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Re: Q: RSA Authentication vs. Password Authentication in SSH



Brian May wrote:

> Of course. Use ssh-agent means you don't have to enter your passphrase
> every-time though.

Didn't know about ssh-agent.  Tried it out though, and it works like a
charm.  BTW, I created an .xsession file with the following content to
run ssh-add:
	#!/bin/sh
 
	if [ -x /usr/bin/ssh-add ]; then
        	/usr/bin/ssh-add < /dev/null
	fi
	exec /usr/bin/kde                              	
Is there another way to do it?  Anything Debian-special?

> I don't think there is any need to disable password authentication.
> Just be aware that both the client and the server could see your
> password, and could potentially steal it.

Well, when I enter a bad passphrase, ssh will prompt for the remote
password, instead of asking for the passphrase again.  This is, of
course, no a concern with ssh-agent, but is annoying nonetheless.  It
can be disabled in the client's config file though.

>     Viktor> But what about keys from clients from my trusted local
>     Viktor> network.  In order to get them one has to get access to
>     Viktor> the local machine first, and then they are useless,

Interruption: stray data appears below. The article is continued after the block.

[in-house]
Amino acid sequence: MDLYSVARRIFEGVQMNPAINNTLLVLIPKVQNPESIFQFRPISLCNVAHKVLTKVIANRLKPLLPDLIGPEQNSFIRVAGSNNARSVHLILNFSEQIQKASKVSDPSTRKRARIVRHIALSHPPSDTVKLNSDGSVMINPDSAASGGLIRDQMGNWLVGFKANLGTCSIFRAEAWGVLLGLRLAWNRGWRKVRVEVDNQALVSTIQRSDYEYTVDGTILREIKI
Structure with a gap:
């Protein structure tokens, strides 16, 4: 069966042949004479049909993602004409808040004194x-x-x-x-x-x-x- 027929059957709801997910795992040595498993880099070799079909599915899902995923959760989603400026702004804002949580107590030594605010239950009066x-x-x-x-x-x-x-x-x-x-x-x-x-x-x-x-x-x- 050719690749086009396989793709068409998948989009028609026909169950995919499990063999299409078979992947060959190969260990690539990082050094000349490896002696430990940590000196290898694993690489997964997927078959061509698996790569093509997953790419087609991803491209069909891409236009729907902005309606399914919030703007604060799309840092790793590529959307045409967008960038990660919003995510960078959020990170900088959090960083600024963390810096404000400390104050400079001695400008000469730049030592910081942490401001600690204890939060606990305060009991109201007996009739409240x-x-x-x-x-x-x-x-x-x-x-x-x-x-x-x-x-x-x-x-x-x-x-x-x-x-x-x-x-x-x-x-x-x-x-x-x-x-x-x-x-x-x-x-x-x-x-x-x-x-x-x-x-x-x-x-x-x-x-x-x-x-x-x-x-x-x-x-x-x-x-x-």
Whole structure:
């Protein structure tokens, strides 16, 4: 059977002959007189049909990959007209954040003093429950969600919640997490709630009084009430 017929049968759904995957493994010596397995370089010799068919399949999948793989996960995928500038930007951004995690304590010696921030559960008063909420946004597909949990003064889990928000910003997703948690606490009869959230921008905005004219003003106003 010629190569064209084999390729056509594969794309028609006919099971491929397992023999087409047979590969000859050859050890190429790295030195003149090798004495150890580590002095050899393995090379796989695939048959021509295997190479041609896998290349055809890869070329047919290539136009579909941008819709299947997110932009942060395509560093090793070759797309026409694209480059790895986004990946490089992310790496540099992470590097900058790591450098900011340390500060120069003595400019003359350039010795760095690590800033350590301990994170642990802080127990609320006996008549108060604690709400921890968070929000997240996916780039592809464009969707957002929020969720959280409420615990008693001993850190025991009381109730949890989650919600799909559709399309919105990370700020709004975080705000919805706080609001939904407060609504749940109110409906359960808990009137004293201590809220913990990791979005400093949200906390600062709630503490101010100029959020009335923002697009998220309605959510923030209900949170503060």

>     Viktor> because the intruder has already access to my machine.
>     Viktor> Unless of course, a user key has no passphrase and is
>     Viktor> listed in root's authorized_keys file.  Then an intruder
>     Viktor> of my user account has instant root access on my machine
>     Viktor> -- but how likely is this?  Having no passphrase on user
>     Viktor> keys of the local network makes managing it very
>     Viktor> convenient.
> 
> I am afraid you have lost me here. Are you asking how you can securely
> transfer the public keys of your clients (not an easy task), or have I
> misunderstood you?

That's not so much of a problem, because I can physically access the
machines I want to log on to.  I was talking about a private key with an
empty passphrase for easy administration on my local network only.  All
the machines are at home, all users and clients can be trusted, and all
internet connections are going through a firewall, that masquarades the
local network.  To connect to machines on the internet I would use a
different identity with a good passphrase.  My question is, if that
(empty passphrase on the local network) really is a security hole?  My
reasoning is, that if any machine (except for the firewall) is
compromised, the whole network is compromised anyhow.  Having an
identity with a good passphrase won't make it any harder to break in
that case.

MfG Viktor
-- 
Viktor Rosenfeld
E-Mail:		mailto:rosenfel@informatik.hu-berlin.de
HertzSCHLAG:	http://www.informatik.hu-berlin.de/~rosenfel/hs/




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